The Frozen Fruit Tip For Perfect Muffins

When it comes to produce, we are pretty programmed to always think that fresh is best — and very often it is! However, there is one exception to this general rule — muffins. As it turns out, using frozen fruit in muffins is oftentimes not only more convenient, but it can even result in a better final product. Plus, this means you can use some of your favorite fruits for muffins all year round instead of anxiously awaiting for peak season.

If you plan to elevate your muffin-making game, start using frozen fruit without an ounce of guilt. That said, there are a few tips to remember when using frozen fruit in your favorite muffin recipes. First, the best results come from smaller frozen fruit that has a thicker skin. Also, there is no need to defrost the fruit before adding it to the batter. In fact, using fruit that is still frozen benefits your baking in the long run. Why? The fruit holds up better and won't stain the batter as you mix it.

The best frozen fruit for muffins

Muffins made with fruit are certainly delicious, but some fruits lend themselves better to be used when fresh (this recipe for sugared mango muffins is an example) — while other types of fruit are best when added while still frozen. Smaller fruit incorporate seamlessly into the batter without sinking to the bottom, and fruit with thicker skin hold up best during the baking process. Choices such as raspberries, blackberries, and cherries (pitted, of course) are advised since they don't release as much water while in the oven. Of course, blueberries are always a go-to favorite as well, and this recipe for blueberry corn muffins is a great choice for frozen blueberries.

The best part is that there is no need to defrost frozen fruit when adding it to your favorite muffin recipe since the fruit will thaw as the muffin bakes in the oven. You just might need to add a few minutes of baking time when working with frozen fruit. Keep a close eye toward the end of the cooking time and test for doneness by inserting a wooden skewer into the center of one of the muffins before taking the pan out of the oven.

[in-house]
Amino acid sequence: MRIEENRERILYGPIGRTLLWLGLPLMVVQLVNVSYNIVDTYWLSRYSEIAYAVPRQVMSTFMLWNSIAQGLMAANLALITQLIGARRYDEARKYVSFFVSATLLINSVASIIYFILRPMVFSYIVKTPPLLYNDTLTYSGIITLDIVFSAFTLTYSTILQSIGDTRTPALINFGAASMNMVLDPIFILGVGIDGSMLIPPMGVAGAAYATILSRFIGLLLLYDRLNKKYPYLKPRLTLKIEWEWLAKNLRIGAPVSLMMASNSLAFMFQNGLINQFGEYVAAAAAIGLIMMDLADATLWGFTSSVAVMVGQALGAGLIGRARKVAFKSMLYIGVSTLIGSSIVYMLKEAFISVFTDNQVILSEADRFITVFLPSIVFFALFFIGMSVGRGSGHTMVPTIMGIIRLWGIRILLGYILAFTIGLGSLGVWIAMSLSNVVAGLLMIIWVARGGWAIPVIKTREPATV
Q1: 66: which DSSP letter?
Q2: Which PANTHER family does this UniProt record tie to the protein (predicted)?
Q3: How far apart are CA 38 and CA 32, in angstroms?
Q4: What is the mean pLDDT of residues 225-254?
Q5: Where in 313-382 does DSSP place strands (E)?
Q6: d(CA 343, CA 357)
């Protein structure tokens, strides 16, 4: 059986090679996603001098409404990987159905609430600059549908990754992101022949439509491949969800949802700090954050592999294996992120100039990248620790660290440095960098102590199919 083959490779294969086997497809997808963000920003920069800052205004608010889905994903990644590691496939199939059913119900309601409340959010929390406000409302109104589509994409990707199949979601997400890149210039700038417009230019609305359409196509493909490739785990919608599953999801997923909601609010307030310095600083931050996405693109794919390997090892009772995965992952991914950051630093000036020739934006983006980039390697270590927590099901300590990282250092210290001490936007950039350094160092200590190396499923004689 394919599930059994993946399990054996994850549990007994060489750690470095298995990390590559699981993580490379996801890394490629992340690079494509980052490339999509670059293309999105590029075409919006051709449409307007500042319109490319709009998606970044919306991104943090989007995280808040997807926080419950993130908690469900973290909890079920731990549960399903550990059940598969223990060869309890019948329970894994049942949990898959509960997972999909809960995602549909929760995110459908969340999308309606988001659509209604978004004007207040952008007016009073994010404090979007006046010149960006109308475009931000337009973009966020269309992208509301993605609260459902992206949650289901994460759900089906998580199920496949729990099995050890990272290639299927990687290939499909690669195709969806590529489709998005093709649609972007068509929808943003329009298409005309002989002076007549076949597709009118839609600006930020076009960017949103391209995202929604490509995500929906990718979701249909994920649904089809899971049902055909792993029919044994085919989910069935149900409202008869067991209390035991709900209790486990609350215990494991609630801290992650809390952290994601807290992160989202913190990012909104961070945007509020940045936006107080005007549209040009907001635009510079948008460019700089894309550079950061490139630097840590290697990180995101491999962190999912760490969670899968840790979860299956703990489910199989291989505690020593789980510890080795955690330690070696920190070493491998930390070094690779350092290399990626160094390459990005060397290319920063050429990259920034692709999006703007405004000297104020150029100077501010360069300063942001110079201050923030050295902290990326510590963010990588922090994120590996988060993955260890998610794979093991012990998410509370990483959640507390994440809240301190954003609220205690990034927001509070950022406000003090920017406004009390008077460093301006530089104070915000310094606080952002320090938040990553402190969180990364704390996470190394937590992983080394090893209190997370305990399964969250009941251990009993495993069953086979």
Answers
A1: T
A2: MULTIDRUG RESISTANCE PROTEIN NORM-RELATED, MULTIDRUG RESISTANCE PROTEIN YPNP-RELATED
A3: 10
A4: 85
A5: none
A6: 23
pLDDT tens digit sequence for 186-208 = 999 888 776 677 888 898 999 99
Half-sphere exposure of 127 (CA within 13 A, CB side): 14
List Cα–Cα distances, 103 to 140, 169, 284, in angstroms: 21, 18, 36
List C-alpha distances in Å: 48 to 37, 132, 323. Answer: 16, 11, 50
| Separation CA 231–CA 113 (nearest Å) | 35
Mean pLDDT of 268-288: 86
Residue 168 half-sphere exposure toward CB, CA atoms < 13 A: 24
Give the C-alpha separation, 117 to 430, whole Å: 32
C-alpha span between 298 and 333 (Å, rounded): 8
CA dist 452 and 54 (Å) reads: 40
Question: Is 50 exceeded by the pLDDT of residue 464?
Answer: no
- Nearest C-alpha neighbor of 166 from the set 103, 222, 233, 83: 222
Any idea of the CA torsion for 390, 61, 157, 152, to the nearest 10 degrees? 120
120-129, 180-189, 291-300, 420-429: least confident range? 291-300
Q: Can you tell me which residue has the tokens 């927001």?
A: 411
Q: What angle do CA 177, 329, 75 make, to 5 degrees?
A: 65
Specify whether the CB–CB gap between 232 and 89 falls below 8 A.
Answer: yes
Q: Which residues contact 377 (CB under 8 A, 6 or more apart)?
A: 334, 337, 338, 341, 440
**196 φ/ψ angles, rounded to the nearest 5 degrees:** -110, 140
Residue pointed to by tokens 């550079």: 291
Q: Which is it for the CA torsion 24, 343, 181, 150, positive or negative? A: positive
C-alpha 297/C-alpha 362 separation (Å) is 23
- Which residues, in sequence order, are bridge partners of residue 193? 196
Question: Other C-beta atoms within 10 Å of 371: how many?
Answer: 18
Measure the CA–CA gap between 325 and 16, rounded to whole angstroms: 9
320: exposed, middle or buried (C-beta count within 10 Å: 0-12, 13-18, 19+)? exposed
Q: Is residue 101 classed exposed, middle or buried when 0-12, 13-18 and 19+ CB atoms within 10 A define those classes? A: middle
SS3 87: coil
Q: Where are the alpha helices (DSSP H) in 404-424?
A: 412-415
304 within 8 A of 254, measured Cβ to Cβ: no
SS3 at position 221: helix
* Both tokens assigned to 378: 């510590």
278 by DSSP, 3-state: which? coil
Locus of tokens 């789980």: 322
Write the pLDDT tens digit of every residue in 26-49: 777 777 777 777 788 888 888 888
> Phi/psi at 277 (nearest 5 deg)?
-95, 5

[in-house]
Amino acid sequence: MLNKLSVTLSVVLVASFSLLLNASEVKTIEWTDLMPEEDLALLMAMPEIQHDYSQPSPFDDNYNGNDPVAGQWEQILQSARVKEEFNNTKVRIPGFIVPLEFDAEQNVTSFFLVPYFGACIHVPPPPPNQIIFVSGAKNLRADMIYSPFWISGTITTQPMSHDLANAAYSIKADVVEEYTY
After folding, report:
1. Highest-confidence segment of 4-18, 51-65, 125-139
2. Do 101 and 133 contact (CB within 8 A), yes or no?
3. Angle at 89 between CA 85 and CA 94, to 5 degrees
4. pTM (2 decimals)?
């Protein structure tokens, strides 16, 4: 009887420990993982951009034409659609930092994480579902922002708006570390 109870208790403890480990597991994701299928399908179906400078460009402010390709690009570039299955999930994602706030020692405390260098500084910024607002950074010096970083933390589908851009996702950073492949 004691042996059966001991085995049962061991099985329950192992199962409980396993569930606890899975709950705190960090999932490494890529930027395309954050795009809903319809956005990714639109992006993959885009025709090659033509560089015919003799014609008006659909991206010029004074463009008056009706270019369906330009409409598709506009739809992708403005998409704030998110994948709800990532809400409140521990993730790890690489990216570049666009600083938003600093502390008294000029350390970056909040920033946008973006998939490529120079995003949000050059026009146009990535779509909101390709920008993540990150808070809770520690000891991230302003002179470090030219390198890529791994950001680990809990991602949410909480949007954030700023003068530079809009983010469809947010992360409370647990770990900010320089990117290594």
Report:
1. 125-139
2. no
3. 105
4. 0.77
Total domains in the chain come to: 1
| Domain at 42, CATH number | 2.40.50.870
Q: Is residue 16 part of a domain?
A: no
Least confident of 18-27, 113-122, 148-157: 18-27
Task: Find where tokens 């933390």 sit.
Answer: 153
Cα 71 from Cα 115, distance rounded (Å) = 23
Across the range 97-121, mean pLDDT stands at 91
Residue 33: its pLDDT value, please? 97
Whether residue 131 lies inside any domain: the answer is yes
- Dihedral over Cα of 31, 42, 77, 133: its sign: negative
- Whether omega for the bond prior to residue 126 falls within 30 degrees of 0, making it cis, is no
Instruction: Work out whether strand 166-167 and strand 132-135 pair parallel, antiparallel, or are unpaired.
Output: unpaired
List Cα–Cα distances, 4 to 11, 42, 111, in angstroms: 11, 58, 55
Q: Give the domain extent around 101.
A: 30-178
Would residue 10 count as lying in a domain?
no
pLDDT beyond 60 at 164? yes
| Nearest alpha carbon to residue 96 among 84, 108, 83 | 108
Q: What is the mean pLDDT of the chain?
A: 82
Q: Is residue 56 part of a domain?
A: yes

Muffin troubleshooting tips

Anyone who has made a batch of blueberry muffins knows it's easy for your beautiful creamy white batter to become streaked with purple if one of the berries bursts or gets smooshed as they are incorporated. This is another wonderful reason to turn to frozen fruit as the color bleed from blueberries or raspberries is greatly reduced. However, if you happen to see a few streaks even with frozen berries, try gently rinsing frozen fruit with cold water to make sure the berries don't bleed. This also reduces the possibility of an unappetizing gray ring around each berry when you bite into a blueberry muffin.

Finally, if you find your fruit is sinking to the bottom of the muffin pan rather than getting distributed throughout the batter, there is a quick tip that will save the batch. Simply toss the frozen fruit with a small amount of flour or cornstarch before folding it into the batter. This will help ensure that every bite of muffin from beginning to end is perfectly filled with fruit.